There has been an alarming increase of cases in which individuals commit crimes and post it on social media in the form of pictures, status updates, even live videos. Although it makes our jobs easier, we can’t help but wonder…why? Why do people continue to incriminate themselves on social media?
According to a rather gruesome article by Alfred NG of the New York Daily News, social media is being used as an outlet for criminals to show the world what they’ve done. Some recent crimes we’ve seen in the news (and on social media) for instance:
Teenage beatings (i.e. “The Knockout Game”) and posting on social media
Streaming drunk driving on Periscope
NYU student setting his roommate on fire and posting it to Snapchat
Florida man amassed 142 felony charges stemming from photos of illegal activity on his Instagram account
Animal cruelty, such as the man who was charged for killing his neighbor’s dogs for walking in his yard and posting a photo of their lifeless, bloody bodies on Facebook
Massachusetts man and woman were convicted of sexual assault on a teen girl filmed on Snapchat
Florida man murdered his wife and posted a picture of her corpse on Facebook.
You read that right. Murders have been posted at least twice on Facebook, one in Florida (listed above) and the other in Texas, and in Britain on Snapchat. Criminals are even going as far as posting their VIOLENT crimes.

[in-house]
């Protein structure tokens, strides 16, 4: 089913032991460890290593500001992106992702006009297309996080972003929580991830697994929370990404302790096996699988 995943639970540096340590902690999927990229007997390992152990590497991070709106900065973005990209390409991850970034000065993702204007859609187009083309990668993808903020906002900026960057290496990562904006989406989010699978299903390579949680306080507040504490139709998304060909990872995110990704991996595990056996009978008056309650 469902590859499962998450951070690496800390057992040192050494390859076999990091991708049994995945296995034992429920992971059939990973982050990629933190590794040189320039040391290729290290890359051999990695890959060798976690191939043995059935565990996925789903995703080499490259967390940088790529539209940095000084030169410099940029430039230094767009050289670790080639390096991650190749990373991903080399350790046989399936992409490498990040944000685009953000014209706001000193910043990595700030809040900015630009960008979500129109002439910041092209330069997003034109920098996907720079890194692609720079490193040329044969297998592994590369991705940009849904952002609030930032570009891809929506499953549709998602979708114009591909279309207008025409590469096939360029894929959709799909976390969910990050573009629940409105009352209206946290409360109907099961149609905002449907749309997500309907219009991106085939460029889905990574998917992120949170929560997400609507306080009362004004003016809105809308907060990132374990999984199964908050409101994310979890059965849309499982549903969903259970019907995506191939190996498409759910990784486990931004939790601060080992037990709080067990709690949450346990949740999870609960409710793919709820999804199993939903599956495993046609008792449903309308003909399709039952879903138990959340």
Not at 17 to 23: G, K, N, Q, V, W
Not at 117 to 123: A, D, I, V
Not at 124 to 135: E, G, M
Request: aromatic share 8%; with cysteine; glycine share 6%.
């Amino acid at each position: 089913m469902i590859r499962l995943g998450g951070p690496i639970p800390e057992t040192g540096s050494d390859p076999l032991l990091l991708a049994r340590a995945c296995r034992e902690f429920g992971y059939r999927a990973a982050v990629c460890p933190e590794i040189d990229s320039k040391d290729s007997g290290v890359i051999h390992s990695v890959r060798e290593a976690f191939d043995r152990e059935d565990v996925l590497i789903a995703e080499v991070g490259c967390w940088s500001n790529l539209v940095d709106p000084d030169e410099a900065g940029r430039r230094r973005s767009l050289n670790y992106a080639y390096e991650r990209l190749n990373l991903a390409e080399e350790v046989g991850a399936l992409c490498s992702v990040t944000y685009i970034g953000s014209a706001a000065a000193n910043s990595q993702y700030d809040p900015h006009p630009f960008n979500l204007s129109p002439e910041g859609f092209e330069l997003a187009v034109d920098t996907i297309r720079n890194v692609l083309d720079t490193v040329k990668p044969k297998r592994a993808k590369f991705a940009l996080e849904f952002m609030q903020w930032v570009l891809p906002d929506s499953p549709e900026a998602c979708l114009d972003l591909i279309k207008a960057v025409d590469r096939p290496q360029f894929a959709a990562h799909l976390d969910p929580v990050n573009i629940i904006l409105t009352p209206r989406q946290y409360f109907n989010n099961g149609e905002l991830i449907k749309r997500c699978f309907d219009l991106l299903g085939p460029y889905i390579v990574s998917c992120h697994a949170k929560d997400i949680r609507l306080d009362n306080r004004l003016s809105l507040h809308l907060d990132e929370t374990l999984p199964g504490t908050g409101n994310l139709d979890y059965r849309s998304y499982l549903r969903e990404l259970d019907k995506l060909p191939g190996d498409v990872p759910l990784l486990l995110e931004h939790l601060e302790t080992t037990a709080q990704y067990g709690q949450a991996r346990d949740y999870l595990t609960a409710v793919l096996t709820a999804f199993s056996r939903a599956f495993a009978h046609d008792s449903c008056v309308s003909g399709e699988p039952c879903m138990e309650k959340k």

Lucky for us, we investigate insurance fraud and we’ve had our fair share of fraudsters incriminating themselves on social media. It’s inevitable. People just can’t keep their private lives to themselves. But why?
Psychologists have an answer. And we can agree that we see a striking common theme, whether the crime is insurance fraud or murder, these criminals have “an insatiable craving for attention.”
N.G. Berrill, an executive director of the New York Center for Neuropsychology and Forensic Behavioral Science, stated that “The allure of fame, and the excitement of the attention, it’s almost like it’s intoxicating. They’re willing to foolishly sacrifice their freedom in order to obtain the attention and cause a commotion.” Then comes the sense of power.
Pamela Rutledge, the director of the Media Psychology Research Center, talked about teenaged criminals, stating that “The need for approval is overriding any type of long-term planning. Teenagers are notoriously bad at estimating risks, they’re much more concerned about showing off to their peers.”
It must also be noted that criminals are stepping away from Facebook and moving to Snapchat, a wildly popular smartphone app that claims to erase the images and videos from their servers after viewing. But as investigators, we KNOW that it is never REALLY deleted. The company is still able to pull the metadata from the suspect’s account after the post has been “erased”.
Seems as though the attention-seeking, narcissistic criminals of this day and age aren’t planning on slowing down any time soon.